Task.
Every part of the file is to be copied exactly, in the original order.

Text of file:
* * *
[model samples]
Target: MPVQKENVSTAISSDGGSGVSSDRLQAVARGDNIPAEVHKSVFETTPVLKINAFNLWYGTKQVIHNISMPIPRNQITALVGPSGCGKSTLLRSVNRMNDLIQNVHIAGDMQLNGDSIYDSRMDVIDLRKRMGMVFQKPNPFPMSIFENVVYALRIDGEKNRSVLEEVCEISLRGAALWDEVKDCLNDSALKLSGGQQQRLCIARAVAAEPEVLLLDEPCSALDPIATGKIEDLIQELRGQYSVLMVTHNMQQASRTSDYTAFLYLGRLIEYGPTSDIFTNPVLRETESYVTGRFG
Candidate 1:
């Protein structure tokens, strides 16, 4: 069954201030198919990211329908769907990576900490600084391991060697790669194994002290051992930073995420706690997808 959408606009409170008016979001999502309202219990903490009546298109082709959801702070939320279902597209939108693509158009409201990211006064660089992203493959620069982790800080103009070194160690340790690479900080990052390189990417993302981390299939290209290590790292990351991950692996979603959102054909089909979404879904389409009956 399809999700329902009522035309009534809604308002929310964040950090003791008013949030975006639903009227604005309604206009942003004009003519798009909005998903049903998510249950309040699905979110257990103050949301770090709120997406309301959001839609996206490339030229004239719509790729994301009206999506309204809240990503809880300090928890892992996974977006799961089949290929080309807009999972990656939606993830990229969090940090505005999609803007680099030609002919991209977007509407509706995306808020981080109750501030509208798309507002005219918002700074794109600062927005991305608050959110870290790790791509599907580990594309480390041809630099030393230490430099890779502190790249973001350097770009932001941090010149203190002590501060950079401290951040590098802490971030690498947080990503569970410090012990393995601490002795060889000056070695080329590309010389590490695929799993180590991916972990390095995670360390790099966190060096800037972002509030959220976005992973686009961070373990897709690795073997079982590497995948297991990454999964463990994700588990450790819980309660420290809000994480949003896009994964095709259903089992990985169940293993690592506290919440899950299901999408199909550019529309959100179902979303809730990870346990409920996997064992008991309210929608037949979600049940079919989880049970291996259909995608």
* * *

[model samples]
Target: MPVQKENVSTAISSDGGSGVSSDRLQAVARGDNIPAEVHKSVFETTPVLKINAFNLWYGTKQVIHNISMPIPRNQITALVGPSGCGKSTLLRSVNRMNDLIQNVHIAGDMQLNGDSIYDSRMDVIDLRKRMGMVFQKPNPFPMSIFENVVYALRIDGEKNRSVLEEVCEISLRGAALWDEVKDCLNDSALKLSGGQQQRLCIARAVAAEPEVLLLDEPCSALDPIATGKIEDLIQELRGQYSVLMVTHNMQQASRTSDYTAFLYLGRLIEYGPTSDIFTNPVLRETESYVTGRFG
Candidate 1:
């Protein structure tokens, strides 16, 4: 069954201030198919990211329908769907990576900490600084391991060697790669194994002290051992930073995420706690997808 959408606009409170008016979001999502309202219990903490009546298109082709959801702070939320279902597209939108693509158009409201990211006064660089992203493959620069982790800080103009070194160690340790690479900080990052390189990417993302981390299939290209290590790292990351991950692996979603959102054909089909979404879904389409009956 399809999700329902009522035309009534809604308002929310964040950090003791008013949030975006639903009227604005309604206009942003004009003519798009909005998903049903998510249950309040699905979110257990103050949301770090709120997406309301959001839609996206490339030229004239719509790729994301009206999506309204809240990503809880300090928890892992996974977006799961089949290929080309807009999972990656939606993830990229969090940090505005999609803007680099030609002919991209977007509407509706995306808020981080109750501030509208798309507002005219918002700074794109600062927005991305608050959110870290790790791509599907580990594309480390041809630099030393230490430099890779502190790249973001350097770009932001941090010149203190002590501060950079401290951040590098802490971030690498947080990503569970410090012990393995601490002795060889000056070695080329590309010389590490695929799993180590991916972990390095995670360390790099966190060096800037972002509030959220976005992973686009961070373990897709690795073997079982590497995948297991990454999964463990994700588990450790819980309660420290809000994480949003896009994964095709259903089992990985169940293993690592506290919440899950299901999408199909550019529309959100179902979303809730990870346990409920996997064992008991309210929608037949979600049940079919989880049970291996259909995608």